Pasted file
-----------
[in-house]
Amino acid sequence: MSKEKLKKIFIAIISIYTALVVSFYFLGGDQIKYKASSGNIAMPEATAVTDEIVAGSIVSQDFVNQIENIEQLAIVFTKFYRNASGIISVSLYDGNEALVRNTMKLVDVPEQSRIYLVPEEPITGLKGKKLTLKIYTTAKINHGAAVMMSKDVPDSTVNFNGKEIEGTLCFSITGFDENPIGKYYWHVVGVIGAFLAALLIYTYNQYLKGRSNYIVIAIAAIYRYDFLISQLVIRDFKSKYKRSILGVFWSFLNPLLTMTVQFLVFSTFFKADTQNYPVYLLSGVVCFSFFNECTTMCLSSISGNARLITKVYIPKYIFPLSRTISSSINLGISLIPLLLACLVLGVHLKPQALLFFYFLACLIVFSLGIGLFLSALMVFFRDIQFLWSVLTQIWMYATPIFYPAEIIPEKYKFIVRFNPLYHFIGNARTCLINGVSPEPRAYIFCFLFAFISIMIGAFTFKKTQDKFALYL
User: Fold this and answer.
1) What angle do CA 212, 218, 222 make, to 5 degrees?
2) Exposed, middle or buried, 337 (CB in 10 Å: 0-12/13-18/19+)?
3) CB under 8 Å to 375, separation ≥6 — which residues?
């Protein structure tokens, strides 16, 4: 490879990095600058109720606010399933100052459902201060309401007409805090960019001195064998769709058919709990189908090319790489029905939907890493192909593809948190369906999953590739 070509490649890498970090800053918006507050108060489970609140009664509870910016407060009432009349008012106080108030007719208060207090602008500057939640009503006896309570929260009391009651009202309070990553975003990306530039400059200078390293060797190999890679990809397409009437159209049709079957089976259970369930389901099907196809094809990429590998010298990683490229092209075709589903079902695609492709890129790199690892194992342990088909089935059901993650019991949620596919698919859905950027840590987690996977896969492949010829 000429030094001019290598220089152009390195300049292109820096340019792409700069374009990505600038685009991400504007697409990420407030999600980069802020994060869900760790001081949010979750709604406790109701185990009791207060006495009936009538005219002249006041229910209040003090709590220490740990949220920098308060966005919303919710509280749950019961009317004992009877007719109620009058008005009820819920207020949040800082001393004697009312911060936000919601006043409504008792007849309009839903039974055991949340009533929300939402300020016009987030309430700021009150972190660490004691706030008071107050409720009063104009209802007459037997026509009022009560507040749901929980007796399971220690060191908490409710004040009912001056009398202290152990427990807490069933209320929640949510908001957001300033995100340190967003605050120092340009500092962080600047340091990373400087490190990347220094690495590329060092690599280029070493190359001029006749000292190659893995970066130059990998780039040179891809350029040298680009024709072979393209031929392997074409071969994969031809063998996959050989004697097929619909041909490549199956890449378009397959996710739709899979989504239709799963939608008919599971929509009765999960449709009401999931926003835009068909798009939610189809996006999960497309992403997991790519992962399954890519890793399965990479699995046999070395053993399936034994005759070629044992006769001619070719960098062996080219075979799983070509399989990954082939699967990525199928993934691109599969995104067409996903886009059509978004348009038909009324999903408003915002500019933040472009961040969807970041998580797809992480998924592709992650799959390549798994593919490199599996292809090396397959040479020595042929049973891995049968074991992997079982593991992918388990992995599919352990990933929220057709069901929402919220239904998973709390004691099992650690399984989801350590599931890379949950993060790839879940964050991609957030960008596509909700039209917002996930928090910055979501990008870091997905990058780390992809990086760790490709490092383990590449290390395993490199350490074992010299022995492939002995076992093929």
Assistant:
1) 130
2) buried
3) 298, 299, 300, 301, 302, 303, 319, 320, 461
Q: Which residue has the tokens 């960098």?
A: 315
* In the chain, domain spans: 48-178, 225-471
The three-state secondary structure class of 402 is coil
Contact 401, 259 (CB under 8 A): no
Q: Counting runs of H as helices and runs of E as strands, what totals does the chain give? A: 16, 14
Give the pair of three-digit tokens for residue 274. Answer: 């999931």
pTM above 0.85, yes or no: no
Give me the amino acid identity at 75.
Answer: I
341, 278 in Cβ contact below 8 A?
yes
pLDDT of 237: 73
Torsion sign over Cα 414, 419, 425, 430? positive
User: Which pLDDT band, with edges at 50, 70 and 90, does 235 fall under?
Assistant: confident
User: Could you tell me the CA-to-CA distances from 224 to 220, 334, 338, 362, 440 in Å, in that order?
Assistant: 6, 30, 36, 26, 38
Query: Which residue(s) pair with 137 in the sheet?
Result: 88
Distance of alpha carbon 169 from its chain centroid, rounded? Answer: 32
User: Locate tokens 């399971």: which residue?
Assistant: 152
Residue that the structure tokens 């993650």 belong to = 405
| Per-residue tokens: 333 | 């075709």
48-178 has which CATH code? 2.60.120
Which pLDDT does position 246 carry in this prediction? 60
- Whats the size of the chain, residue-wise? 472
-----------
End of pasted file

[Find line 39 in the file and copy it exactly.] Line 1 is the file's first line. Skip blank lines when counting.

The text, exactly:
- Whats the size of the chain, residue-wise? 472